According to research published this spring, the global market for legal marijuana products is predicted to reach $66 billion by the end of 2025. Wow. That is wild. Savvy entrepreneurs and inventors have taken notice.

As a person who loves new products and has a background in the packaging industry, I’ve been watching the development of the cannabis industry with great interest. Recently, students of my coaching program InventRight who are pursuing licensing agreements for their cannabis-related products have told me they’re being embraced with open arms. In terms of obtaining patent protection, the industry is so new that there isn’t much prior art to overcome, which is exciting. Because there are so many avenues for these companies to pursue and only so much time, your product must offer a persuasive benefit.

To find out more about the popularity of open innovation among marijuana businesses, I interviewed Arkady Grigoryan, an InventRight student who recently signed a licensing agreement for his pre-roll packaging solution. Because it concerns pre-rolled joints, he expects it to roll out to the two other major markets for pre-rolls, which are cigars and cigarettes. The big benefits of his invention, the RoachPack, are that it is child resistant and allows the smoker to store what’s left of their joint in the same package.

“I was inspired by a problem I came across,” Grigoryan explained. “You could say I’m a clean freak. When I quit cigarettes and started smoking marijuana, I realized that you don’t really finish an entire marijuana joint, but there was really no good way of storing it for later use.”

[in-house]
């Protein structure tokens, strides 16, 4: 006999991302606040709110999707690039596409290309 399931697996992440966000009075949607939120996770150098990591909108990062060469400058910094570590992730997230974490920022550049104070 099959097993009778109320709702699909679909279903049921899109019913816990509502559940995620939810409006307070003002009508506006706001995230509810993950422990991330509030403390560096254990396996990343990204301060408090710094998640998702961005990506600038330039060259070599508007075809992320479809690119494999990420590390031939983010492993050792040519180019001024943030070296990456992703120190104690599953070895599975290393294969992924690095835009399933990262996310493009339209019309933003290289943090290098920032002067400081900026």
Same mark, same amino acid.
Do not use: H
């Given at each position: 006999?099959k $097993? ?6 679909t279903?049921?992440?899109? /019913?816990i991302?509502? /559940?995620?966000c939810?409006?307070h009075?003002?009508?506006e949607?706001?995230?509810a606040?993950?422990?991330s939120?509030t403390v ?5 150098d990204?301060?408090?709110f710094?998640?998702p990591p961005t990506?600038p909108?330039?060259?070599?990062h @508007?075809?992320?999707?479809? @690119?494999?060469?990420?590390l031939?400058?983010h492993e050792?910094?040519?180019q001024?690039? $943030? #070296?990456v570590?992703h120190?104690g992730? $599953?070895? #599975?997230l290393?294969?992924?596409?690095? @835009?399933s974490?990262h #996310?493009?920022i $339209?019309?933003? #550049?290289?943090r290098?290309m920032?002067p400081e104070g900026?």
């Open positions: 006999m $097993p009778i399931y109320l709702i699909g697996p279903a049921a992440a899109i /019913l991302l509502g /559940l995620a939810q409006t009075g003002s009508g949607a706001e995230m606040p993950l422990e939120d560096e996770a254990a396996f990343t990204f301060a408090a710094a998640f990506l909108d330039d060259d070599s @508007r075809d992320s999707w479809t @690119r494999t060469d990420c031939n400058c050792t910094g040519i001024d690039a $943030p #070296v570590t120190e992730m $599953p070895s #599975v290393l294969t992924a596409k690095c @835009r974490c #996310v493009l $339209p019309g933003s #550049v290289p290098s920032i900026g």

So Grigoryan began developing a solution. The first prototype he made and patented turned out not to be manufacturable, prompting him to hire a firm to help with reengineering. At the firm, he befriended an employee named Jonas Matossian. Like me, Matossian started his career in the toy, game, collectibles, and novelty gift industries doing product development. During his career — which includes spending 11 years in China overseeing prototyping and manufacturing from ground zero — he estimated he has worked with hundreds of inventors.

“We always cast nets out. Our philosophy was, we want your invention ideas, so bring them to us first,” Matossian told me in a phone interview.

When Matossian switched gears and began working in the cannabis industry a year ago, he brought the same philosophy with him. This fall, he became the director of strategic development for the new cannabis sector of GPA, the global packaging company known for doing design, engineering, and manufacturing in-house. Since it was founded in 2007, GPA has worked with major brands including Case-Mate, Ring, Skullcandy, and Costco.

After observing that the cannabis industry was… Click Here to Read More in Inc. Magazine